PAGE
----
Alternatively, a technique that Dickens uses to help engage the reader is the structure and plot. He uses chapter endings, for example, the first chapter ends as it begun… Pip is a frightened little boy in a huge uncaring landscape, deserted by family and friends and tormented by strangers. We cannot help but care what happens to him and we are firmly sympathetic. Perhaps the young Dickens felt like this when his father was removed from the family to the debtors’ prison. In addition, at the end of chapter two, “opened the door (…), and ran for the misty marshes”. This is a cliffhanger because we do not want Pip to be caught stealing, as he takes the food to the convict. It is important that Dickens used cliffhangers to help engage the reader because, ‘Great Expectations’ was serialised and Dickens would have wanted to keep the readers constantly engaged so that as a result his story would sell.
Simultaneously, Dickens also used varying sentence structure to create anticipation and tension. He used long sentences for a detailed description, which would create an image in the readers head or play on their feelings and manipulate them. This would create the atmosphere. On the other hand, he used short sentences to show sudden events and dialogue. This creates tension as it happens unexpectedly. This, in turn, helps to engage the reader.
A different technique that Dickens used to make ‘Great Expectations’ successful is the use of universal themes, i.e. crime and violence. For example in chapter two, Pip’s sister “applied tickler to its further investigation”. The above quote shows that Dickens used violence – a universal theme. The theme of desertion echoes throughout the narrative, and we cannot help but sympathise with the small child whose earliest memories are of desertion and intimidation. This is evident as in the first chapter we find out that his parents have died. This makes us – the reader – want to sympathise with Pip. Dickens also used crime as theme. For example in chapter five, “oaths were being sworn, blows were being struck (…) both were bleeding and panting, and execrating and struggling”. He does this to add excitement to the story and influence his readers to continue reading the novel. Dickens used universal themes as everyone on the planet has experienced them and understands them; hence the term ‘universal’. For Dickens, common themes would mean that it would become easy for the readers to be able to sympathise with the characters, especially Pip, which would consequently mean an engaging experience for the reader.
Humour was another technique used by Dickens in ‘Great Expectations’ to help engage the reader in the story. It was used to break the tension. This was effective because when the tension was built up again it was more apprehensive and effective. One example of this is “Tickler was a wax-ended piece of cane, worn smooth by collision with my tickled frame”. This suggests that Pip was beaten so much with the cane that it smoothened. Victorians would have found this funny however if this novel was written at present, the readers would think that it was harsh and violent. This quote also has a rhyme to it, which makes it more memorable. This also engages the reader, leading to an attention-grabbing and engaging story.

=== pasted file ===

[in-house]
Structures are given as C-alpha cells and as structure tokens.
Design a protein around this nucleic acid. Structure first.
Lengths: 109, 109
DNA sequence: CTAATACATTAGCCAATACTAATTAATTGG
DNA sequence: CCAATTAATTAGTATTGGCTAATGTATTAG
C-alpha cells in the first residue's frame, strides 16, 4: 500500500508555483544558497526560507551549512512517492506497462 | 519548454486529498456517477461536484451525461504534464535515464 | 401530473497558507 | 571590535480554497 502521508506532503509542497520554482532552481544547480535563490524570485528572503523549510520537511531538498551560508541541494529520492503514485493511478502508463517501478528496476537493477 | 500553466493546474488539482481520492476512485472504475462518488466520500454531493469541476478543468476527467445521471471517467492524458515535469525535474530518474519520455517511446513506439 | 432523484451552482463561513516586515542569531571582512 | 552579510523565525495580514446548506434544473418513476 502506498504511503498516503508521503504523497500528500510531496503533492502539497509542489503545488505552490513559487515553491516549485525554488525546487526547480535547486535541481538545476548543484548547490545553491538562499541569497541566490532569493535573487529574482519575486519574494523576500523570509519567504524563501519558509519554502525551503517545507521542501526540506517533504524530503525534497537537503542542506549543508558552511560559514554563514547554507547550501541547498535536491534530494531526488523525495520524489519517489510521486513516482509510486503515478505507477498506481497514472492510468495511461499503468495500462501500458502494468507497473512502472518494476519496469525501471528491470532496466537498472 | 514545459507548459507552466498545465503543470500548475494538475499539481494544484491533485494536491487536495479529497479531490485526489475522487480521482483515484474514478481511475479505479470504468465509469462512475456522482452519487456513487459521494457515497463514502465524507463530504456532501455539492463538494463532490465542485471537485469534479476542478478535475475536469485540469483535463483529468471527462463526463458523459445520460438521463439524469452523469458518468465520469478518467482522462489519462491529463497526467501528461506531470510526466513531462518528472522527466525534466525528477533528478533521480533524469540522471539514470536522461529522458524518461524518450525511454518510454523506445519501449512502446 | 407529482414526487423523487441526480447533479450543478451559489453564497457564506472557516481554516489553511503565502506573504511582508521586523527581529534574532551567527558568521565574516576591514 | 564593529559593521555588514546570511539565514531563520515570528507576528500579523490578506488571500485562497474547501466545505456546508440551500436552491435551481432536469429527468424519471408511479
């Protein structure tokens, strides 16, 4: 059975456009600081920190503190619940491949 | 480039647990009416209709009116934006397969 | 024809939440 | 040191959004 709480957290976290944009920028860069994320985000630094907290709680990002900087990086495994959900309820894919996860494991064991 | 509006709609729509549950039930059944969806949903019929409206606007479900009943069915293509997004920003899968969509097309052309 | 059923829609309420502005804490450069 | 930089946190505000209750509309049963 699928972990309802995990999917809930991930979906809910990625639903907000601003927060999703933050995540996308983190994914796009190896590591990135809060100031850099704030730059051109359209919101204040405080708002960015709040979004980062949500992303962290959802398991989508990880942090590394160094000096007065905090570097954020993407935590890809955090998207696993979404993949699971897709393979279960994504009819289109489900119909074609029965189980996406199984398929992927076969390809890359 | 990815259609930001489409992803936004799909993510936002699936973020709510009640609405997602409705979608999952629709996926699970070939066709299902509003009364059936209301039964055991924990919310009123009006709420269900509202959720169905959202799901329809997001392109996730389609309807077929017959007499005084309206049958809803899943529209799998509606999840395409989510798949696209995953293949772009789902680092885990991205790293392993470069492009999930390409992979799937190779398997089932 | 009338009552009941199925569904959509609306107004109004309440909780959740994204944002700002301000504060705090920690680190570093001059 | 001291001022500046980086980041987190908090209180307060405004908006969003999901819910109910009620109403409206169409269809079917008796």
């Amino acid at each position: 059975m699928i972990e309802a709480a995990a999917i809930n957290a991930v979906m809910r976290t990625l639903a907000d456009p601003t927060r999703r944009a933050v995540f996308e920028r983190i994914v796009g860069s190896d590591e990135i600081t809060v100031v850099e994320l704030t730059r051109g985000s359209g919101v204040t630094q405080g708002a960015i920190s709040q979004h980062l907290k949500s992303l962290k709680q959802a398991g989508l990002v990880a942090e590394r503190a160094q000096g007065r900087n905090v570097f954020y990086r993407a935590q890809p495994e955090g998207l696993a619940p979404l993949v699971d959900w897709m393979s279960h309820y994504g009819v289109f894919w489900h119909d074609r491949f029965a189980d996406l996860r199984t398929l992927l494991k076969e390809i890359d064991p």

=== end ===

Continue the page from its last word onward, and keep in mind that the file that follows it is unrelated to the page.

Dickens included characters dialogue to help engage the reader in ‘Great Expectations’. In chapter 2, Mrs Joe says, “You’ll drive me to the churchyard, betwixt you”. This Dialogue makes the novel more interesting because it adds variety to the tone and atmosphere. Further still, the dialect gives a sense of reality to the story. Accordingly, this helps to engage the reader. Dickens included both first person and third person throughout the story. This was because a book written in the third person only, becomes tedious. Having dialogue also teaches us more about the characters and the way they speak. From the quote, we can see that Mrs. Joe is speaking informally because she says, “betwixt” which is colloquial speech for “between”. We learn more about the characters personality when dialogue is included. This is evident as the above quote shows that Mrs. Joe is undervaluing and underrating Pip. Furthermore, it makes the novel more interesting so the reader is likely to continue reading. Not only this, the dialogue sentences are generally short; this compliments the description.
In conclusion, Dickens uses different devices to help engage the reader and make them want to read on. These include strong characterisation, descriptive setting, varying structure and plot, universal themes, comic relief and use of dialogue. These devices complement each other whilst building tension and anticipation successfully. This is how Dickens engages the reader. Universal themes are used because everyone understands them and they can sympathise with the characters. This way the reader can understand Dickens’ message on the crime system and put it into practice.
Dialogue and colloquial speech is used to create a sense of reality and this way the readers can relate to themselves. Humour is used to break the tension before the story gets too tedious which, therefore, ensures that the readers are entertained and engaged. Strong characterisation is used to make the reader develop an emotional involvement with the characters. The emotional involvement creates a complex, absorbing relationship between the reader and the characters. This makes the reader want to find out what happened next and keeps the reader constantly engaged. Overall, all the devices that dickens uses only help to engage the reader. Dickens’ uses the perfect mix of language devices to engage the reader. They cannot engage the reader on their own, just like a group of bricks put together will make a house. A brick on its own is no good.